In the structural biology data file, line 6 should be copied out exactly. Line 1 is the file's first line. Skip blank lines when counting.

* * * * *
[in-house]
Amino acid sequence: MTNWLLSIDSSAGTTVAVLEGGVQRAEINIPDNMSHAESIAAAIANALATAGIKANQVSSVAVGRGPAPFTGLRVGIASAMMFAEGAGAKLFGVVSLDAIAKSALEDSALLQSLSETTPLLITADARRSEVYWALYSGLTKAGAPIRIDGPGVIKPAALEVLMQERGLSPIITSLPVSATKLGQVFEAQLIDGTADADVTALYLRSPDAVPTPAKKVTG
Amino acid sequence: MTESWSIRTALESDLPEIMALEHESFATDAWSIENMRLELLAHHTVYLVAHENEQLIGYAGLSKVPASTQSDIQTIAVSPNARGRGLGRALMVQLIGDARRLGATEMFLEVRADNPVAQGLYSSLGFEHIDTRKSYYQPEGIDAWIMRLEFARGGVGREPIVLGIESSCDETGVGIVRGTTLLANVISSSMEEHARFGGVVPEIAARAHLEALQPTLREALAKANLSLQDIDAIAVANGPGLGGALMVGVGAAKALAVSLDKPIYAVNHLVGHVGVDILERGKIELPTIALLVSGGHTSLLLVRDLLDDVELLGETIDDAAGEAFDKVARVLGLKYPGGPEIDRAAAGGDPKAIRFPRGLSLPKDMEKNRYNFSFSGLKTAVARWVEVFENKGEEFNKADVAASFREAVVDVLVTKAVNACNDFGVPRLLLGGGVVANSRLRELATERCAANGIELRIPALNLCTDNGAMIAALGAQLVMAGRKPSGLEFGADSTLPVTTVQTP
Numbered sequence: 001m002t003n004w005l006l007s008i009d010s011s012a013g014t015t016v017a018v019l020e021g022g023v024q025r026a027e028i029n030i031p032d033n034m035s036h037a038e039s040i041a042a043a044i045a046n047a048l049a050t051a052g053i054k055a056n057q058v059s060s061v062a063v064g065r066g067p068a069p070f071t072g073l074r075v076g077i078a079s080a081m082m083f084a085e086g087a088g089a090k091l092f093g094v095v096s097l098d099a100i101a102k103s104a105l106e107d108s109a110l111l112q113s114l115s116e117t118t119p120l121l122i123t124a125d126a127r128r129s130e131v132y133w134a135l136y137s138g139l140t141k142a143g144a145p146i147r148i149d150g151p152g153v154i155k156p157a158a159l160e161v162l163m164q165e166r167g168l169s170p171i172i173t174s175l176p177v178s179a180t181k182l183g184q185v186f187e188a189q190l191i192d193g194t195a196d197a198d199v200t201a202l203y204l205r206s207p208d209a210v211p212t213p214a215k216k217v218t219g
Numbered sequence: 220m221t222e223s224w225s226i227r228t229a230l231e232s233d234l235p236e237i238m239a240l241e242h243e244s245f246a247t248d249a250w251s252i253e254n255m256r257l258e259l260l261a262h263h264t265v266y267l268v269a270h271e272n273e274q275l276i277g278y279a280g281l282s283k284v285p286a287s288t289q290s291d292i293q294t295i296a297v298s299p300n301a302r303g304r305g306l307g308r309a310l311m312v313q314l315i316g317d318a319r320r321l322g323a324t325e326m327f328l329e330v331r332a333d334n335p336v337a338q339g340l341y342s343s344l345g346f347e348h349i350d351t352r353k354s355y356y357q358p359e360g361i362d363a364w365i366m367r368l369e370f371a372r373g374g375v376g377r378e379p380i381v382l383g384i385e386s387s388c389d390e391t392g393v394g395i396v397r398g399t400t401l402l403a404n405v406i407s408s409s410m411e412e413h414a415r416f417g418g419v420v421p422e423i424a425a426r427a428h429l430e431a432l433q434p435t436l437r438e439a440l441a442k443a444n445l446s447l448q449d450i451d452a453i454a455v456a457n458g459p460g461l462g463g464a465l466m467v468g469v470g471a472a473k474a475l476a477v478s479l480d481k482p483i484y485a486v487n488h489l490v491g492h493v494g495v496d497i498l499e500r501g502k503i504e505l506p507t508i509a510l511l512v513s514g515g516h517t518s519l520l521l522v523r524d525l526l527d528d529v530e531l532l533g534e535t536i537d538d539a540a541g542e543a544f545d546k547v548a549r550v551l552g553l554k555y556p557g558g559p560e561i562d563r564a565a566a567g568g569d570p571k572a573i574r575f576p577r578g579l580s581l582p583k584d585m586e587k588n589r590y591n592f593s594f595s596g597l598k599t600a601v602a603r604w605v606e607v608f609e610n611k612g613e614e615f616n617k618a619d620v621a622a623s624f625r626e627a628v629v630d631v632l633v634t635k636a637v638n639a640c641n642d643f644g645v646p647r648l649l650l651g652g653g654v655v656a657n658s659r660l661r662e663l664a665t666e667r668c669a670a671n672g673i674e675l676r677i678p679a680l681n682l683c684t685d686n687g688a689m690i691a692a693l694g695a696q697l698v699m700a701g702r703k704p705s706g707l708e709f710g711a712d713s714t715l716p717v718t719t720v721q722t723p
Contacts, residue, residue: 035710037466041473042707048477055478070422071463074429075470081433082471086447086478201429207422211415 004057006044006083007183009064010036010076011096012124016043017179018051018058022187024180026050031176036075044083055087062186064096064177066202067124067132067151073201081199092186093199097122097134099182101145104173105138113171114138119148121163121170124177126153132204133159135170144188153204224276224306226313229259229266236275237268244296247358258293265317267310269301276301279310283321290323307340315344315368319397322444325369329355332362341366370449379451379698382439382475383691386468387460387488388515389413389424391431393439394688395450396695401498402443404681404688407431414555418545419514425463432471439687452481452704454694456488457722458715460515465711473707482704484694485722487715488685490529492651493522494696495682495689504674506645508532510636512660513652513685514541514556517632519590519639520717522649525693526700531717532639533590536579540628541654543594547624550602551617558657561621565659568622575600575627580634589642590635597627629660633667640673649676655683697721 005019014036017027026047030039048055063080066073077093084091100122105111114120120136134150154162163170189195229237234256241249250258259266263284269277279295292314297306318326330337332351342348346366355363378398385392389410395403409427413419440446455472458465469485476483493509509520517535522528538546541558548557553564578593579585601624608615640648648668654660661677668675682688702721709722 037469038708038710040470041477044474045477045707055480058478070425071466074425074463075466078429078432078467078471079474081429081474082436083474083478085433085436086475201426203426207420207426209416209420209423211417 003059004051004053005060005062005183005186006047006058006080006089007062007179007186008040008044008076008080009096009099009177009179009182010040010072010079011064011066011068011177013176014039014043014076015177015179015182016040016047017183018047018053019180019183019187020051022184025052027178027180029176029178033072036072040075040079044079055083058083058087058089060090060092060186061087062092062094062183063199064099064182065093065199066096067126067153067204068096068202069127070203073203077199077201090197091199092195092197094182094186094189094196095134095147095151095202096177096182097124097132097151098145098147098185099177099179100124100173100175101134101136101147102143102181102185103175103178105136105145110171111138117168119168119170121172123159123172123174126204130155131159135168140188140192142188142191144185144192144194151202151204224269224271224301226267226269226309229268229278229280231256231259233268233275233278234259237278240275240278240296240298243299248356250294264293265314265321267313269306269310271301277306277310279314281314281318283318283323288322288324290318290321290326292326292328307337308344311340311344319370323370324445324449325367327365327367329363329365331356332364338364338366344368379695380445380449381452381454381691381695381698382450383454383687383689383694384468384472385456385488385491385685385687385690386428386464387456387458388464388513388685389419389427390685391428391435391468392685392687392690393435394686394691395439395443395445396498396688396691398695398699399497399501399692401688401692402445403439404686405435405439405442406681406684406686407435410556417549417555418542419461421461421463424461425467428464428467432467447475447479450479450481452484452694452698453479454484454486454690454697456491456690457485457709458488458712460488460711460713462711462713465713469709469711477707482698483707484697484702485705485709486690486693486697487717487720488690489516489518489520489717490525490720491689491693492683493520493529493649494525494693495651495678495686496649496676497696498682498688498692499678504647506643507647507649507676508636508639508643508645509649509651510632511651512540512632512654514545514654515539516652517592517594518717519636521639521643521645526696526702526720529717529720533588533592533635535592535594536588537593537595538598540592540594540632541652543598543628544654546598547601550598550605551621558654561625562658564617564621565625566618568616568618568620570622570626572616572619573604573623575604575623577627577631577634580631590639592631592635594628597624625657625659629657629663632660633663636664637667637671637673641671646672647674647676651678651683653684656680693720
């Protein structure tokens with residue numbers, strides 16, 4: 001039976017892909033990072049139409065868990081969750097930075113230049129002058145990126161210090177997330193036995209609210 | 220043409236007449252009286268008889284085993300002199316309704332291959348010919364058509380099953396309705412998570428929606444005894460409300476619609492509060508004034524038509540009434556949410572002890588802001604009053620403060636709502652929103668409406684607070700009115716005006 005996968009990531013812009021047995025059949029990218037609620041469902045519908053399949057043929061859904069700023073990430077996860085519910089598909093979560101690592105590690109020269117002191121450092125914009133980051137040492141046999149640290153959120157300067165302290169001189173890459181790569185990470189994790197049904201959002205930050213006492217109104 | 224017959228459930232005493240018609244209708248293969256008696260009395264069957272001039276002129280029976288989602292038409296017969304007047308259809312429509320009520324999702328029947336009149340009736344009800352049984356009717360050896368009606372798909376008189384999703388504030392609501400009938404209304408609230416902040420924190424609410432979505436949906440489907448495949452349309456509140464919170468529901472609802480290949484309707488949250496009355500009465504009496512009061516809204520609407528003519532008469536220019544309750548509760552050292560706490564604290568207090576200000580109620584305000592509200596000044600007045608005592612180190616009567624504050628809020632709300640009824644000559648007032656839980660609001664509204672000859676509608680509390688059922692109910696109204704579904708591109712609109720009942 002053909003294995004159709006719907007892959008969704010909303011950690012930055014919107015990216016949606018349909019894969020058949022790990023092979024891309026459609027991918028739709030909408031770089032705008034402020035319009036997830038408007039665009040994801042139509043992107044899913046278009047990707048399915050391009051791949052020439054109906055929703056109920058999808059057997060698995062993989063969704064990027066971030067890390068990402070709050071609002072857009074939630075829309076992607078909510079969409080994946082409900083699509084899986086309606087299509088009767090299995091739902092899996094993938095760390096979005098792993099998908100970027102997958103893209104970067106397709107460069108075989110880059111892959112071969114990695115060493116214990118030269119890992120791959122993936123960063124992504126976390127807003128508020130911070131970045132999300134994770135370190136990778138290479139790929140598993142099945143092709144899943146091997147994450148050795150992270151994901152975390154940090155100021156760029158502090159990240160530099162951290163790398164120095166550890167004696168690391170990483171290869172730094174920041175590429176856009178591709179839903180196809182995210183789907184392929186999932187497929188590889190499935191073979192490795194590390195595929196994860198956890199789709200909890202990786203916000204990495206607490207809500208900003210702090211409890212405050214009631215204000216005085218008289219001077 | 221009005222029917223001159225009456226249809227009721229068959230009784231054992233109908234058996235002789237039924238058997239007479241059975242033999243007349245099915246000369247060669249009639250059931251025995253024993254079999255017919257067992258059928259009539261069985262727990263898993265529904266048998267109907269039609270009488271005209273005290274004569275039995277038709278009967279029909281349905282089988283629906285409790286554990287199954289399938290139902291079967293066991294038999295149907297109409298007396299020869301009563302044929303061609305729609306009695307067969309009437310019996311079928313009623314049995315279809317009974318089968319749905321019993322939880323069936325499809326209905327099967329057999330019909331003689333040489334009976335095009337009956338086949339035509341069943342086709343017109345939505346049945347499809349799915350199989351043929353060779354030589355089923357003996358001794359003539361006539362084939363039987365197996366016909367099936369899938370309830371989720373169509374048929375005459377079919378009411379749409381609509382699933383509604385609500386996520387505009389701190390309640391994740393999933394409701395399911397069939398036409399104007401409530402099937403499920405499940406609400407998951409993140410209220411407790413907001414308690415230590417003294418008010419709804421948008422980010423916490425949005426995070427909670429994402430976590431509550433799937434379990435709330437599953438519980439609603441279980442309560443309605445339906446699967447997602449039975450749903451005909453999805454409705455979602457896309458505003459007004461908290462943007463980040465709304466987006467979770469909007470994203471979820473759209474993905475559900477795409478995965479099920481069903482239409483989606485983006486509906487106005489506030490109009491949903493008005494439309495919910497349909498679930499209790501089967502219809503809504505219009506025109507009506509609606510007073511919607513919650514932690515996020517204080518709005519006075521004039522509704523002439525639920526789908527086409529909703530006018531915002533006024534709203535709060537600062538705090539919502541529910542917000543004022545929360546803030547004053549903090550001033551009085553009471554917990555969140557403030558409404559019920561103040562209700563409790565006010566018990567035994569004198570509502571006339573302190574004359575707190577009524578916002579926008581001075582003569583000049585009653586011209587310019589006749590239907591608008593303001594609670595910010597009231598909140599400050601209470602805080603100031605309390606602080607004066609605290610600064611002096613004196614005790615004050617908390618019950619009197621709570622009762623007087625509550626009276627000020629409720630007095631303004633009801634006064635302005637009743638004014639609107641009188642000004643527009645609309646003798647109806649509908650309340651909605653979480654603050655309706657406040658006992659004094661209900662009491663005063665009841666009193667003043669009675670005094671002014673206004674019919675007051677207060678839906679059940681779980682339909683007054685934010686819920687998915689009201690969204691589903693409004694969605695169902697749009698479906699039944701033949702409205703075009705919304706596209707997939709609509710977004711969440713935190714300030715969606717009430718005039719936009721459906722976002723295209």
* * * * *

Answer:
Contacts, residue, residue: 035710037466041473042707048477055478070422071463074429075470081433082471086447086478201429207422211415 004057006044006083007183009064010036010076011096012124016043017179018051018058022187024180026050031176036075044083055087062186064096064177066202067124067132067151073201081199092186093199097122097134099182101145104173105138113171114138119148121163121170124177126153132204133159135170144188153204224276224306226313229259229266236275237268244296247358258293265317267310269301276301279310283321290323307340315344315368319397322444325369329355332362341366370449379451379698382439382475383691386468387460387488388515389413389424391431393439394688395450396695401498402443404681404688407431414555418545419514425463432471439687452481452704454694456488457722458715460515465711473707482704484694485722487715488685490529492651493522494696495682495689504674506645508532510636512660513652513685514541514556517632519590519639520717522649525693526700531717532639533590536579540628541654543594547624550602551617558657561621565659568622575600575627580634589642590635597627629660633667640673649676655683697721 005019014036017027026047030039048055063080066073077093084091100122105111114120120136134150154162163170189195229237234256241249250258259266263284269277279295292314297306318326330337332351342348346366355363378398385392389410395403409427413419440446455472458465469485476483493509509520517535522528538546541558548557553564578593579585601624608615640648648668654660661677668675682688702721709722 037469038708038710040470041477044474045477045707055480058478070425071466074425074463075466078429078432078467078471079474081429081474082436083474083478085433085436086475201426203426207420207426209416209420209423211417 003059004051004053005060005062005183005186006047006058006080006089007062007179007186008040008044008076008080009096009099009177009179009182010040010072010079011064011066011068011177013176014039014043014076015177015179015182016040016047017183018047018053019180019183019187020051022184025052027178027180029176029178033072036072040075040079044079055083058083058087058089060090060092060186061087062092062094062183063199064099064182065093065199066096067126067153067204068096068202069127070203073203077199077201090197091199092195092197094182094186094189094196095134095147095151095202096177096182097124097132097151098145098147098185099177099179100124100173100175101134101136101147102143102181102185103175103178105136105145110171111138117168119168119170121172123159123172123174126204130155131159135168140188140192142188142191144185144192144194151202151204224269224271224301226267226269226309229268229278229280231256231259233268233275233278234259237278240275240278240296240298243299248356250294264293265314265321267313269306269310271301277306277310279314281314281318283318283323288322288324290318290321290326292326292328307337308344311340311344319370323370324445324449325367327365327367329363329365331356332364338364338366344368379695380445380449381452381454381691381695381698382450383454383687383689383694384468384472385456385488385491385685385687385690386428386464387456387458388464388513388685389419389427390685391428391435391468392685392687392690393435394686394691395439395443395445396498396688396691398695398699399497399501399692401688401692402445403439404686405435405439405442406681406684406686407435410556417549417555418542419461421461421463424461425467428464428467432467447475447479450479450481452484452694452698453479454484454486454690454697456491456690457485457709458488458712460488460711460713462711462713465713469709469711477707482698483707484697484702485705485709486690486693486697487717487720488690489516489518489520489717490525490720491689491693492683493520493529493649494525494693495651495678495686496649496676497696498682498688498692499678504647506643507647507649507676508636508639508643508645509649509651510632511651512540512632512654514545514654515539516652517592517594518717519636521639521643521645526696526702526720529717529720533588533592533635535592535594536588537593537595538598540592540594540632541652543598543628544654546598547601550598550605551621558654561625562658564617564621565625566618568616568618568620570622570626572616572619573604573623575604575623577627577631577634580631590639592631592635594628597624625657625659629657629663632660633663636664637667637671637673641671646672647674647676651678651683653684656680693720